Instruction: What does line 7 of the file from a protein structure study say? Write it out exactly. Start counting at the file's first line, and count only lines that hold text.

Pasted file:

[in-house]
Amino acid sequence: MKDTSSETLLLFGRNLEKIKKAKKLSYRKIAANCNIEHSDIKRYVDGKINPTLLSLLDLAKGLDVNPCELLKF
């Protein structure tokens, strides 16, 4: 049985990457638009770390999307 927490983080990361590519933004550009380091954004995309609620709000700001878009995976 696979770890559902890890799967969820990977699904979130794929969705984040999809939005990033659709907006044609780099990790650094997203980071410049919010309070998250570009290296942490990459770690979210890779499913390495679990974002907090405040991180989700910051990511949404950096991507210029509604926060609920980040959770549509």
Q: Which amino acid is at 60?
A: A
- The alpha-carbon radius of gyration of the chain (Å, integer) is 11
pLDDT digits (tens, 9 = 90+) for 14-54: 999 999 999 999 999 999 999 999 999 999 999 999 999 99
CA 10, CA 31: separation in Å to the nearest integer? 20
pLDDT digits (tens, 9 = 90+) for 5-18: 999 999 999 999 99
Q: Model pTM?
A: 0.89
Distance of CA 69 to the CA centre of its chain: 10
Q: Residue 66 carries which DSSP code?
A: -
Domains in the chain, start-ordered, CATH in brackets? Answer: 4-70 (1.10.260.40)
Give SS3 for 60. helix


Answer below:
pLDDT digits (tens, 9 = 90+) for 14-54: 999 999 999 999 999 999 999 999 999 999 999 999 999 99